• Craig  Parsons, Political Science, “Europe's Extraordinary Single Market Project in Transatlantic Perspective”           
  • Jocelyn Hollander, Sociology, “The Impact of Empowerment Self-Defense Training in a Diverse Community Population”           
  • Lamia Karim, Anthropology, “Raising Cain? Female Factory Workers and Socialization of Sons in the Garment Industry in Bangladesh”
  • Lesley Jo Weaver, International Studies, “Women's mental health in South India: A collaborative ethnographic pilot study”           
  • Yekang Ko, Landscape Architecture, “Co-designing a Multifunctional Landscape Model for Vulnerable Communities”           
  • Jacques Abelman, Landscape Architecture, “Radical Abundance”  
  • Trygve Faste, Product Design, “Space Mouse Sketch Book”
  • Stephanie De Anda, Special Education and Clinical Sciences, “Spoken Language Comprehension: the Influence of Socioeconomic Status and Poverty in School Age”             
  • Jesse Abdenour and Autumn Shafer, School of Journalism and Communication, “Communicating Concussions: Explaining Traumatic Brain Injuries through Nonfiction Narratives”
  • Dave  Markowitz, School of Journalism and Communication, “’I Didn’t Do It’: Communication Patterns of Innocence from Wrongfully-Convicted Criminals”
  • Wes Pope, School of Journalism and Communication, “Time Machine: Virtual Reality meets pinhole photography on Route 66”
  • Lydia  Van Dreel, School of Music and Dance,  “The Lawrence Graduate Bayreuth-Tuben Quintet (LGBTQ)”
  • Claire Wachter, School of Music and Dance, “The Sensuous Scarlatti”

2018 Awards:

  • Dare Baldwin, Psychology, “Harnessing Pupillometry to Monitor Infants' Auditory Health”
  • Greg Bothun, Physics, “Are Baryons Removed From Galaxies?”
  • Mayra Bottaro, Romance Languages, “Scrambled Messages: Telegraphic Poetics and the New Atlantic Language”
  • Alison Carter, Anthropology, “From Kiln to Kitchen: Tracing the Consumption Patterns of Angkorian Stoneware Ceramics using Neutron Activation Analysis”
  • Marjorie Celona, Creative Writing, “Be on My Side: A Novel”
  • Mai-Lin Cheng, Clark Honors College, “Autotopography: Place and Commonplace in Romanticism and After”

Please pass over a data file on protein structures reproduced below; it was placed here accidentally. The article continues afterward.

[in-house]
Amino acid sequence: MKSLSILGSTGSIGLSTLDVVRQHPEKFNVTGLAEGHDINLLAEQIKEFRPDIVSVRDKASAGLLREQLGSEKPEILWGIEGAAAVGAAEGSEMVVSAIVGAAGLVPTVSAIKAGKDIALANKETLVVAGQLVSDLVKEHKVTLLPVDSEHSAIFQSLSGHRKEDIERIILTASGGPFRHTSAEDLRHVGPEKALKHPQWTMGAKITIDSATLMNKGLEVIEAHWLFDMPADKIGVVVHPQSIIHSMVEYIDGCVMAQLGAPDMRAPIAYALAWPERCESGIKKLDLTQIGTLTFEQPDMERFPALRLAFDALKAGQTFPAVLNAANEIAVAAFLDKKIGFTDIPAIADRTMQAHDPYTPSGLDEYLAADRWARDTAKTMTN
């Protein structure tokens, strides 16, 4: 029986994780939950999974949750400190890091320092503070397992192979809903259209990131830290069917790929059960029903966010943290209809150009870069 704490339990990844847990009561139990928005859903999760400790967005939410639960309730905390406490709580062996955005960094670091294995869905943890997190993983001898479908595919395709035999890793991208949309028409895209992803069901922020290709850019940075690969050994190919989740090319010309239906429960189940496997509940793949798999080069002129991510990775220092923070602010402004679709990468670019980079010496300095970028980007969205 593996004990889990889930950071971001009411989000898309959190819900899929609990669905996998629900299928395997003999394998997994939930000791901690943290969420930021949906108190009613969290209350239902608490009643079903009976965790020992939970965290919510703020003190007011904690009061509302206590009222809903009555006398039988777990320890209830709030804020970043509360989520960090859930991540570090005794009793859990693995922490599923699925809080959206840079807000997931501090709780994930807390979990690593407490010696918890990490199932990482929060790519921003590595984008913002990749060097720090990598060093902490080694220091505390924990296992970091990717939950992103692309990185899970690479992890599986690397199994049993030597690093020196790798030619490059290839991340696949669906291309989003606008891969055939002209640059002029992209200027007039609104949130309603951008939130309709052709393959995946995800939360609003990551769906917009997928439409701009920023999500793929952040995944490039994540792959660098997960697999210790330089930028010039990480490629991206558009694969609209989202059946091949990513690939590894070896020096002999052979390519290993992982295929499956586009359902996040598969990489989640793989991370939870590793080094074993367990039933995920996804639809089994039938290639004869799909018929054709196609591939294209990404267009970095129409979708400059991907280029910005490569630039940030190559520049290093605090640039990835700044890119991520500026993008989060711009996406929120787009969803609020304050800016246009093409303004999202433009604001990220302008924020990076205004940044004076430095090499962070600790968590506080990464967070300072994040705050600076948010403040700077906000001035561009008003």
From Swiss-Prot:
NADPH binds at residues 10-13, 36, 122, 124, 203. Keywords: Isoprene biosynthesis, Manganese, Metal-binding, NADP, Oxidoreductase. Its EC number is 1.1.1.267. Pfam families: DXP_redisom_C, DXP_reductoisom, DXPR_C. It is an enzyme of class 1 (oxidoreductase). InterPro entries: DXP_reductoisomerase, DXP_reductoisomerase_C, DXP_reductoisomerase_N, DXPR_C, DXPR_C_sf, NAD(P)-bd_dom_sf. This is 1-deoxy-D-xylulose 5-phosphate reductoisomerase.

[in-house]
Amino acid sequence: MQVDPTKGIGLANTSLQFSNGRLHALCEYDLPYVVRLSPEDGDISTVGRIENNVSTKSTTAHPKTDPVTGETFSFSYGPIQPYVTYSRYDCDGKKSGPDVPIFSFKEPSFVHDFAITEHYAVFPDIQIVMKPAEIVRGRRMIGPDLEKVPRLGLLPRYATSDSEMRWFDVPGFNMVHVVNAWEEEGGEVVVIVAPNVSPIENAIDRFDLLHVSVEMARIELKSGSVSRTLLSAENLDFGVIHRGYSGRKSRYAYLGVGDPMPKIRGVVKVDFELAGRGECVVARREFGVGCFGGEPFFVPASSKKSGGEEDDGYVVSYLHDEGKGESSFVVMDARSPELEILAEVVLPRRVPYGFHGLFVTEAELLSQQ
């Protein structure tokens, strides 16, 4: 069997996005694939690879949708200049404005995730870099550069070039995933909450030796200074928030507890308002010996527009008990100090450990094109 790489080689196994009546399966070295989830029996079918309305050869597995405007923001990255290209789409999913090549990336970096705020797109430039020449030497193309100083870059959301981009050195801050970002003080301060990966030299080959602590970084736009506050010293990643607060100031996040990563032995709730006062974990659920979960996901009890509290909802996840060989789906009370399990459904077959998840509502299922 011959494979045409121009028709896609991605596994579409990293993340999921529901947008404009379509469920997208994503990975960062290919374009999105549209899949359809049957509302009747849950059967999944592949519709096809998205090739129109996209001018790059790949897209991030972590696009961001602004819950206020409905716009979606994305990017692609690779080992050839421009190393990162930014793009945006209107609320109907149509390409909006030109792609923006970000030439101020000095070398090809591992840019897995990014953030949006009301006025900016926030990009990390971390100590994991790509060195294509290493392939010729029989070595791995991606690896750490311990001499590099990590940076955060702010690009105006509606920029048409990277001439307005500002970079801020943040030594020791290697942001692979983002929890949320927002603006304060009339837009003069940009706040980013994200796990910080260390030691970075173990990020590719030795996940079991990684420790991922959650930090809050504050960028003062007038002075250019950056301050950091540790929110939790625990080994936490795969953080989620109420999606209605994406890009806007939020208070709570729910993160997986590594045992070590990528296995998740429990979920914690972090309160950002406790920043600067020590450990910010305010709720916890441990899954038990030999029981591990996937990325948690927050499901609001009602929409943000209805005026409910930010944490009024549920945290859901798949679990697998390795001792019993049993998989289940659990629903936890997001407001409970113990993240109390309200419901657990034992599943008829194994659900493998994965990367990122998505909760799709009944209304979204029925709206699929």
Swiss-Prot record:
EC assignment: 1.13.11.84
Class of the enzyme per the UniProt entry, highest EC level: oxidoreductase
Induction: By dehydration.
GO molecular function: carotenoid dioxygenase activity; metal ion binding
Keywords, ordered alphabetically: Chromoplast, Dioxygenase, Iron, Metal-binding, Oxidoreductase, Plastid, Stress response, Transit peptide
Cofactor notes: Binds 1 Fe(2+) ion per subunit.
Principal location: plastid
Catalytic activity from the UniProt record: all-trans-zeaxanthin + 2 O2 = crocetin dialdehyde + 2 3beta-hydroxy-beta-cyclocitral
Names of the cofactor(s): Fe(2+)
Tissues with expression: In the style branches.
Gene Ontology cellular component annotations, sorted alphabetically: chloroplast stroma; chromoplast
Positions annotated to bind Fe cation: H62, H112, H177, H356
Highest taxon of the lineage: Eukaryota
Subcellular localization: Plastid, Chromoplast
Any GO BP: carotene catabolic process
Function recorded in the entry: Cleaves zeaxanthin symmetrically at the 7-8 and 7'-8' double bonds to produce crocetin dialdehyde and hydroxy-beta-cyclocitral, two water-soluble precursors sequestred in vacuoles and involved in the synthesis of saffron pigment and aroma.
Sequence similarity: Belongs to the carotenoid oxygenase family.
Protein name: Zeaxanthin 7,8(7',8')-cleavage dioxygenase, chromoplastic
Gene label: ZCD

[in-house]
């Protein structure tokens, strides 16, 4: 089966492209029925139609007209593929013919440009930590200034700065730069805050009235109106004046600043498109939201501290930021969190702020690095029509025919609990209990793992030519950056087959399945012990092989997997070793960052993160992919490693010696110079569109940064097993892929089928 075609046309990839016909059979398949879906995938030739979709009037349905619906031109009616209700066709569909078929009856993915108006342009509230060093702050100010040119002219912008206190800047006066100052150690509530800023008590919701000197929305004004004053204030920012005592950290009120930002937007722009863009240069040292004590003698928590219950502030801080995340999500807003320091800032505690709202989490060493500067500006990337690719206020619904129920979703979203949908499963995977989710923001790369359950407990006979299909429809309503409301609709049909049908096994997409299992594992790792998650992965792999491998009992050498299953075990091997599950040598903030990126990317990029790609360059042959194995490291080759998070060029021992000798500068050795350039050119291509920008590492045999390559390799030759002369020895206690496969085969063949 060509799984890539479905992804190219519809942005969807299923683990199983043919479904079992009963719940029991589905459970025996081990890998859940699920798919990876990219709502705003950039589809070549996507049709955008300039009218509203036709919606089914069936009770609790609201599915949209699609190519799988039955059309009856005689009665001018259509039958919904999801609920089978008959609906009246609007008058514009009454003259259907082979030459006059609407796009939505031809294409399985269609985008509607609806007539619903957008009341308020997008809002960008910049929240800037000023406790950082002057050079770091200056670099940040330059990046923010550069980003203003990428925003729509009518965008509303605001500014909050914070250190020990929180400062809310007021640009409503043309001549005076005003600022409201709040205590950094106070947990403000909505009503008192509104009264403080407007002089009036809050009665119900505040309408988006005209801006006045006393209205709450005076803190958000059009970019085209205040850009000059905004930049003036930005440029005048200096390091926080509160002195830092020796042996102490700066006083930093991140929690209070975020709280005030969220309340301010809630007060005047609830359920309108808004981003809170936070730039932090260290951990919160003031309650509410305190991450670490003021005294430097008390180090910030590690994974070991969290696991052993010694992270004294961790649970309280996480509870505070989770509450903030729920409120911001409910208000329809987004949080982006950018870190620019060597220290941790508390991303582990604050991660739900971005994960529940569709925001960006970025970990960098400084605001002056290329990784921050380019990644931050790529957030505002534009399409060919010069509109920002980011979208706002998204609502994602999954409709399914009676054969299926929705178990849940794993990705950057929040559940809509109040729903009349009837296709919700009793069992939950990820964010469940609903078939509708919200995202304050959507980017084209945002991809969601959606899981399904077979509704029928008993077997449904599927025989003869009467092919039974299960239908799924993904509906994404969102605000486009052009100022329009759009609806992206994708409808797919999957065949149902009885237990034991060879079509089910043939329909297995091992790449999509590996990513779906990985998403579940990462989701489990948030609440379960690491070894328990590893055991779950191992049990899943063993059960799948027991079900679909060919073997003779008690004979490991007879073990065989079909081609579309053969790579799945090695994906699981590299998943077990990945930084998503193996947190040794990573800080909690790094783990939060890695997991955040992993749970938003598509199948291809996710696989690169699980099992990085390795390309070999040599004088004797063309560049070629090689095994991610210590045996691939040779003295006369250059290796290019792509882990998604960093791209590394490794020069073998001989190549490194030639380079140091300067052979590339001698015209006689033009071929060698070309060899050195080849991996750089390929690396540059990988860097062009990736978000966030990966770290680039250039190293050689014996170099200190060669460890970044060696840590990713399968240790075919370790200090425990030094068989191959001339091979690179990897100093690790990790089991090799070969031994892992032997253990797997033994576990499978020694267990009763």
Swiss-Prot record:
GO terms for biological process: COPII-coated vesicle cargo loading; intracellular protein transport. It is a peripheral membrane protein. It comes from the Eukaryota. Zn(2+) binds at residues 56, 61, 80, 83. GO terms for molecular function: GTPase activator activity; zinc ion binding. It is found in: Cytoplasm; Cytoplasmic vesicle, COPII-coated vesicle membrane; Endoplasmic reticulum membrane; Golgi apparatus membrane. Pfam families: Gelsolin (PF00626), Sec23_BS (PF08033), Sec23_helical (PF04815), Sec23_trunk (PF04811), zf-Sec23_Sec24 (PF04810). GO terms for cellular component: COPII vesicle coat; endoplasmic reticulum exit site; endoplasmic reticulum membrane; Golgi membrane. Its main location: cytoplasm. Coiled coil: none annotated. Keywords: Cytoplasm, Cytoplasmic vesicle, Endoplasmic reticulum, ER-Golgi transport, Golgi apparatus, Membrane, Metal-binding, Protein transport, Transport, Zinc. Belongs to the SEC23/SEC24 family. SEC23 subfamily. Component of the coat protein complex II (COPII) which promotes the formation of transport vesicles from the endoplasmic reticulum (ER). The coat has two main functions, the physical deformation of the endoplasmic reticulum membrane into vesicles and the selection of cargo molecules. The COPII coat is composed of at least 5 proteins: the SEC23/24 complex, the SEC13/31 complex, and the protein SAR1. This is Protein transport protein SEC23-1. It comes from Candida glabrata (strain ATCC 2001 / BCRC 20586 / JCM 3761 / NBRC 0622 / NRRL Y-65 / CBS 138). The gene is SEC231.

• Gerald Gast, Architecture, “The Architecture of Public Schools in Marginalized Neighborhoods of Columbia”
  • Nicole Giuliani, Special Education and Clinical Sciences, “Unique Contribution of Parenting Behaviors to Preschooler Self-Regulation and Associated Outcomes”
  • Ocean Howell, Clark Honors College, “Imagined San Francisco: A Collaboration with Stanford University's Center for Spatial and Textual Analysis”
  • Colin Koopman, Philosophy, “How We Became Our Data: A Genealogy of the Informational Person”
  • Ana-Maurine Lara, Anthropology, and Alaí Reyes-Santos, Ethnic Studies, “Caribbean Women Healers: Decolonizing Knowledge within Afro-Indigenous Traditions”
  • Ernesto Martinez, Ethnic Studies, “La Serenata”
  • Kate Mondloch, History of Art and Architecture, “Look: Attention, Perception, and Contemplation in New Media Art (1960-present)”
  • Laura Pulido, Ethnic Studies, “Reframing US Historical Geography through White Supremacy and Cultural Memory”
  • Stephanie Shire, Special Education and Clinical Sciences, “Community Partnered Pilot Development of a Mobile Health Assessment for Caregivers of Young Children with Autism”
  • Idit Shner, School of Music and Dance, “Recording of New Music for Saxophone”
  • Susan Sokolowski, Product Design, “Portable 3D Hand and Foot Scanning: How a New Method of Anthropometric Data Collection can Inform Glove and Footwear Design for Female Firefighters”
  • Daniel Steinhart, Cinema Studies, “Hollywood in Mexico: Cross-Border Production, Style, and Genre”